Please watch the video. Then thoughtfully consider three things:

1.) Giving to Guitars For Glory so they can continue to spread the message of hope in Jesus through music.

2.) Sponsor a child with Inn Ministries, our hosting organization in Guatemala. I can’t say enough about these people. They’re the real deal, and you’re having a daily impact on children when you give toward their education.

3.) Let me know what you think—about all this. I’d love to hear.

You were born to rock. So get to it.


Are You Blessed? Or Are You Grateful?

“This new car is such a blessing.”

“Finally closed on the house. Feeling blessed.”

“Just got back from a mission trip. Realizing how blessed we are here in this country.”

On the surface, the phrase seems harmless. Faithful even. Why wouldn’t I want to give God the glory for everything I have? Isn’t that the right thing to do?


Read Scott Dannemiller’s [convicting] full story here. Then let me know what you think. What you perceive is a blessing may actually be the burden that you need to steward on behalf of others.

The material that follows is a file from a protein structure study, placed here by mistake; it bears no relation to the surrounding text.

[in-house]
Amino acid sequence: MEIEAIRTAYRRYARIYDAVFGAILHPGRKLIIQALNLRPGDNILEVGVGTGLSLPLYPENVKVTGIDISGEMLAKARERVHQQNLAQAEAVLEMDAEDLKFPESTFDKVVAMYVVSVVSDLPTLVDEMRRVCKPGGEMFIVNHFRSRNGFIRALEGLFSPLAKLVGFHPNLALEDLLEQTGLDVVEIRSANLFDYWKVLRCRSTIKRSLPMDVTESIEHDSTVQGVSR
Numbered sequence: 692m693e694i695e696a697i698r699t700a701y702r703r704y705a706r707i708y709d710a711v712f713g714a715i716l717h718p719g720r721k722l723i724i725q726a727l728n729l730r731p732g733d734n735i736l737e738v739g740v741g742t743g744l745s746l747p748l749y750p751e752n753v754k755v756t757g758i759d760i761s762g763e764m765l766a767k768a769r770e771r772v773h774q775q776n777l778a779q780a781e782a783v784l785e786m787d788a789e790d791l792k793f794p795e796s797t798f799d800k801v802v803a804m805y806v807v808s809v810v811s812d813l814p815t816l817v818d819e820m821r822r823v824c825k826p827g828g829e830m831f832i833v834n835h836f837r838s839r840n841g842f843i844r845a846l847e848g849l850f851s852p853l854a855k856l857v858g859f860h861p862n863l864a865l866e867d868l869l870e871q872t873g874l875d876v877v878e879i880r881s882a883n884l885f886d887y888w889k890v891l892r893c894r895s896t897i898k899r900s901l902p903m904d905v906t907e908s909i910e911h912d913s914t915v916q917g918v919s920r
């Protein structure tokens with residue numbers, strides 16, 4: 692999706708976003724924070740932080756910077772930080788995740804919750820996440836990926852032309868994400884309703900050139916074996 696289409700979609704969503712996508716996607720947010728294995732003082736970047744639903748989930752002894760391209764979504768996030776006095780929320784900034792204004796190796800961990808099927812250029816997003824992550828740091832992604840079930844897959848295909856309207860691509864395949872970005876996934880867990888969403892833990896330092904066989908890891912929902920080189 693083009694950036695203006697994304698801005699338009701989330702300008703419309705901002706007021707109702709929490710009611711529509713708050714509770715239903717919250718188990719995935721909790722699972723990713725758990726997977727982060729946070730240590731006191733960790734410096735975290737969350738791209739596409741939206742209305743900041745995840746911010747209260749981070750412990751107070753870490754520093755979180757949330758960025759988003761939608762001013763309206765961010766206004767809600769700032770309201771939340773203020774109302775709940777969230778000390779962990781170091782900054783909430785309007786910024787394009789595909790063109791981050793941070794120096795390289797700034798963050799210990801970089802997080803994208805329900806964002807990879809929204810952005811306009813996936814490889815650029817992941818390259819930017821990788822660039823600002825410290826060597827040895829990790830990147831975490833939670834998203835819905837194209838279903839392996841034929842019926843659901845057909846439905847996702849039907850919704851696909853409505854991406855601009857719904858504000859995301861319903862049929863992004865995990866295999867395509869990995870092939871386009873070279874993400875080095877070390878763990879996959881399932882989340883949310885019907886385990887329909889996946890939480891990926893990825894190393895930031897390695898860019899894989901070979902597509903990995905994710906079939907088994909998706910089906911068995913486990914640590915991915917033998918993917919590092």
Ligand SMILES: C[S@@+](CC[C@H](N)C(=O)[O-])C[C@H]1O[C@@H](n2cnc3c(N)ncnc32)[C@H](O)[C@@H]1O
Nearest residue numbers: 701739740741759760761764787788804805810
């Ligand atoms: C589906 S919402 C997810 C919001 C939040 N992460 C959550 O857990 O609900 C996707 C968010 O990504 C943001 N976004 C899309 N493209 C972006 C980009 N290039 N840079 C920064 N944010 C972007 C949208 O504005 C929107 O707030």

God is not for the underdog, he’s for the faithful.


Make Sure You’re Liked By Who Matters Most

“I like you.”

Those three words sent chills down my 5th grade spine. It made me do crazy things, like circle “yes” on a ruled sheet of notebook paper that read, “Do you like me back?” and pass it through the hands of four friends to a blushing girl.

Being liked is powerful stuff. It makes politicians bend their convictions, and actors turn their heads.

But not being liked is just as powerful. In fact, the desire to be liked by those who don’t like you can be one of life’s most dangerous motivators. The more we try and appease the myriad of voices that sing our praise or ridicule, the more we tend to abandon our primary purposes. We become un-true to ourselves.

When All Eyes Are On You

As a pastor, I have the honor of wading into the arena of theology, and engaging—whether I want to or not—with everyone else’s personal pet doctrines. As a business man, I never run my businesses the way everyone else thinks I should, from employee to patron. And as an artist, I never communicate “it” quite the way everyone else would like me to.

No matter what arena you’re in, if you stand for something, someone’s bound not to like you. And if you have any ounce of humanity, you’ll at least think about how to get them to like you. I know I do.